BRUSSELS: Europe needs to come up with a plan within weeks to end the “nightmare” of mounting youth unemployment, Italy's new premier Enrico Letta and European Commission chief Jose Manuel Barroso said Thursday.

Winding up his first European tour since being sworn in on Sunday, Letta urged the European Union to offer “concrete” measures to its recession-hit citizens and jobless youths in order to revive hope in the EU's future.

Barroso, often slammed for pushing an austerity agenda that is costing millions of jobs and undermining support for the European project, responded by urging the union's 27 leaders to come up with a package against youth unemployment at a June 27-28 summit.

“We must revive hope, especially for young people,” Barroso said. “We cannot wait for long, we are all aware this is urgent.”

The pair spoke at a brief news conference held shortly before the European Central Bank decided whether to cut interest rates to a new low as calls mount across the 17-nation eurozone for a focus on growth rather than austerity.

In talks in Berlin and Paris, the new leader of the eurozone's third largest economy hammered home his message that Italy was “dying from austerity alone” and must kickstart an economy that shrank seven per cent in the five years up to 2012 and is forecast to contract further this year.

Letta stressed too that Brussels must show it could deliver by dealing with joblessness that threatens to leave behind a lost generation of European youth.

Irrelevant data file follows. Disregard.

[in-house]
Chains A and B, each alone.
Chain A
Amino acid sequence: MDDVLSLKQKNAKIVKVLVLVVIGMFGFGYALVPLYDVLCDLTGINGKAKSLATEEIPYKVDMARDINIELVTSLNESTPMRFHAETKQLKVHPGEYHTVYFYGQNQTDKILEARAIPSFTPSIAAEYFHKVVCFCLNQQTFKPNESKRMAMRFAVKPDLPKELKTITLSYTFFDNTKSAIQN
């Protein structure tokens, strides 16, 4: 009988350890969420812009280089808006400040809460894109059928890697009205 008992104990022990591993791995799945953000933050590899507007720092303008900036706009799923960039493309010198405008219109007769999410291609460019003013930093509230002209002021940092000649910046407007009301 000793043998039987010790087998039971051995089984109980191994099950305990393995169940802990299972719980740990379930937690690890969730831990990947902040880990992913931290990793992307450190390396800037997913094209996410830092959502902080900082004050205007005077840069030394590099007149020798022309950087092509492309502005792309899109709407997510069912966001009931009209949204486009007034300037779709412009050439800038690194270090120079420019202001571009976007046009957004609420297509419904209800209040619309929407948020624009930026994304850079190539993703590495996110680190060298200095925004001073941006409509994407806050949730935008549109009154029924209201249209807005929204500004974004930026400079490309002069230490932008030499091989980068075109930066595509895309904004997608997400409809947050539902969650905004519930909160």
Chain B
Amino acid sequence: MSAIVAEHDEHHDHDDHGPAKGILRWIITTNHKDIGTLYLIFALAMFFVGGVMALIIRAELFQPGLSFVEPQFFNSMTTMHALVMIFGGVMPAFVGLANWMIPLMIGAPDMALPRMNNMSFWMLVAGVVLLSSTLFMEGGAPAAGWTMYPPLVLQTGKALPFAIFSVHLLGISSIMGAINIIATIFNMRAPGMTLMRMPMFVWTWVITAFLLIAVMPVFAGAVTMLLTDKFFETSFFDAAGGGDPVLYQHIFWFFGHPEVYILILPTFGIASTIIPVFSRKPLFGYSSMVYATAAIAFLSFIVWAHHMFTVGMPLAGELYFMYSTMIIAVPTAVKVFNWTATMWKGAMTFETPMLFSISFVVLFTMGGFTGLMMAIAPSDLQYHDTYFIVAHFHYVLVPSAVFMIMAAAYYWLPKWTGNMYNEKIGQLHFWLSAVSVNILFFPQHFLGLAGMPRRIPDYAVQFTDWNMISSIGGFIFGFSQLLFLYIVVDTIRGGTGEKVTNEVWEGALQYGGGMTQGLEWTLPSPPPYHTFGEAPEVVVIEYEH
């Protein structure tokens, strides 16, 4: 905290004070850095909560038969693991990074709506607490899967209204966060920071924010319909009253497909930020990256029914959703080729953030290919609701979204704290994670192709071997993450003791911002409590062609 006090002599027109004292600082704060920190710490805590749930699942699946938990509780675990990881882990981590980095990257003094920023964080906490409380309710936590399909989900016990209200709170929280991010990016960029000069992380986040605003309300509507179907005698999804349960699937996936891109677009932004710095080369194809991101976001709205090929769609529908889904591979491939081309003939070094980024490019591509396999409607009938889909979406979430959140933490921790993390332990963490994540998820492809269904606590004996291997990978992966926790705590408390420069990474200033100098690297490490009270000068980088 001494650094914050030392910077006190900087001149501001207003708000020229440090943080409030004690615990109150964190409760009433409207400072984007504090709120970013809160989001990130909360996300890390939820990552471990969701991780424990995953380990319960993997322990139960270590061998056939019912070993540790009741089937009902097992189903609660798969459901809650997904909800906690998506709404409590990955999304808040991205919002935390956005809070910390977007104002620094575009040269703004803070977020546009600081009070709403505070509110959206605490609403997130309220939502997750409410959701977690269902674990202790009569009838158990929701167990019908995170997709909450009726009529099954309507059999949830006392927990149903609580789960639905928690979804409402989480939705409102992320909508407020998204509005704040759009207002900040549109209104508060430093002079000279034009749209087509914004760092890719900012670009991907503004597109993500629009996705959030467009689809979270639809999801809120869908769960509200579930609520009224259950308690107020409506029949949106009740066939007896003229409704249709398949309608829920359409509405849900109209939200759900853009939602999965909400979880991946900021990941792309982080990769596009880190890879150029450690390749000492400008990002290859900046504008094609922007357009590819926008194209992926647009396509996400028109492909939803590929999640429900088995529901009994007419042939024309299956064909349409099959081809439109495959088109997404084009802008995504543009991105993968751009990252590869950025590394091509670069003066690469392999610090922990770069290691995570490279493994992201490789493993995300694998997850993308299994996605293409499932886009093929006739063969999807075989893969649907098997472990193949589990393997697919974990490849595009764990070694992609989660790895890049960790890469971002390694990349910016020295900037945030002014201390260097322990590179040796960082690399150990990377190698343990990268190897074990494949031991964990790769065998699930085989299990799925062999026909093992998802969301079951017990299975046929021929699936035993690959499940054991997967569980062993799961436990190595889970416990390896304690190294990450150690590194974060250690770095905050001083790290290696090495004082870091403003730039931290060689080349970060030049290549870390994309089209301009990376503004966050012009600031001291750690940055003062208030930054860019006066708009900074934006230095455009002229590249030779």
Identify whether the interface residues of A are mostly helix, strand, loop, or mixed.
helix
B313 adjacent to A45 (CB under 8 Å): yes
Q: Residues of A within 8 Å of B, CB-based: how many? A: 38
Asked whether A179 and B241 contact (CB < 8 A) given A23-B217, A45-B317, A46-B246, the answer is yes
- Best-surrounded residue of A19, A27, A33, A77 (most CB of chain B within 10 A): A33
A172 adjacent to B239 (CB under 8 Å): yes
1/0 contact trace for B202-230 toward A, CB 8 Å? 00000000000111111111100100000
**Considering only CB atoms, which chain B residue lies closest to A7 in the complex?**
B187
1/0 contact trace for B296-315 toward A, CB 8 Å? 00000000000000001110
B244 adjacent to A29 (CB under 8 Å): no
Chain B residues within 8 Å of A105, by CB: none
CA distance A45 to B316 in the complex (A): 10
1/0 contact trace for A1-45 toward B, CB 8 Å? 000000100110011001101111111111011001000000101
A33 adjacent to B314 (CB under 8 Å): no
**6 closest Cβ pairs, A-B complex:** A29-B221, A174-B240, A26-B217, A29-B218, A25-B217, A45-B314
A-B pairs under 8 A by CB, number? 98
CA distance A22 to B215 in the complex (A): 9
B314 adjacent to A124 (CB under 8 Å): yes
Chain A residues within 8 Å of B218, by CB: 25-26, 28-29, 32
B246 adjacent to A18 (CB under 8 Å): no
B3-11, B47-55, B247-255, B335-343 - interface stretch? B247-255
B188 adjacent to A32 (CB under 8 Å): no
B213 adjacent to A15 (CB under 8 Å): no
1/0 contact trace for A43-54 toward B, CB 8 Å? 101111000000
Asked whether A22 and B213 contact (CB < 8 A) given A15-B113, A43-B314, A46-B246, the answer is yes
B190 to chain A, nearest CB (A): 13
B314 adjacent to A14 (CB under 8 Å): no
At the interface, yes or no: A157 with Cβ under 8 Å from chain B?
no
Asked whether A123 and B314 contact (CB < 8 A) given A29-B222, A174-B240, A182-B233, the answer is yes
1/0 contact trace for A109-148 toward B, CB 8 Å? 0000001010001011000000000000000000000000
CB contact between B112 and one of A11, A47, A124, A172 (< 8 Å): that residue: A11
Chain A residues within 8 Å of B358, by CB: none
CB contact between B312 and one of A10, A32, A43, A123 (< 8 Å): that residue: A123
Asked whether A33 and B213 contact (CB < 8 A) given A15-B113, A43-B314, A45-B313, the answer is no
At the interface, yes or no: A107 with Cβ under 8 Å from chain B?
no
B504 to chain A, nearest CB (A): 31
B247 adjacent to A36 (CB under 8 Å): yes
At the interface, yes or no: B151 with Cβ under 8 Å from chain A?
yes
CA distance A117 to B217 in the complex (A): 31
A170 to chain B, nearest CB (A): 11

“Youth unemployment, that is the real nightmare of my country and the EU,” he said.

“It is important for us to have in June some important signals for European citizens in terms of recovering hope and confidence,” Letta added in reference to the June summit.

Letta, who was sworn in after a two-month political impasse, on Monday announced a series of measures worth around 10 billion euros ($13 billion) to spur growth but pledged in Brussels to “maintain the engagements of previous governments” with the Commission to meet eurozone debt and deficit targets.

Barroso cautioned that while sharing Letta's view of the urgent need for growth and job-enhancing measures “we are also both firmly convinced that you can only build lasting growth and competitiveness on the back of healthy public finances.”

“Every euro spent on debt is a euro not invested in jobs,” he said. But the Commission president acknowledged that a 120-billion-euro EU growth pact was proving “below our expectations” and called on leaders of the bloc to sign up to “a more ambitious plan to fight youth unemployment”.

New data this week showing unemployment at a record high of 12.1 per cent, or 19 million people, out of work in the 17-nation eurozone, offered frightening new figures on youth unemployment.

One out of four under-25s was on the dole in the EU in March but almost two in three in Greece and Spain.

The Eurostat statistics agency said that 24 percent of under-25s were jobless in the eurozone and 23.5 per cent in the 27-nation EU against 22.5 per cent and 22.6 per cent a year earlier, respectively.

In Greece the figure soared to a whopping 59.1 per cent in January, the latest available figure, and in March hit 55.9 per cent in Spain, 38.4 per cent in Italy and 38.3 per cent in Portugal.

“Youth unemployment has potentially disastrous consequences, especially if it prolongs, as young people can be cut off not only from the labour market but from society as a whole,” the EU's social affairs and employment commissioner Laszlo Andor said this week.

“EU institutions and governments, business and social partners at all levels need to do all they can to avoid a 'lost generation'”.

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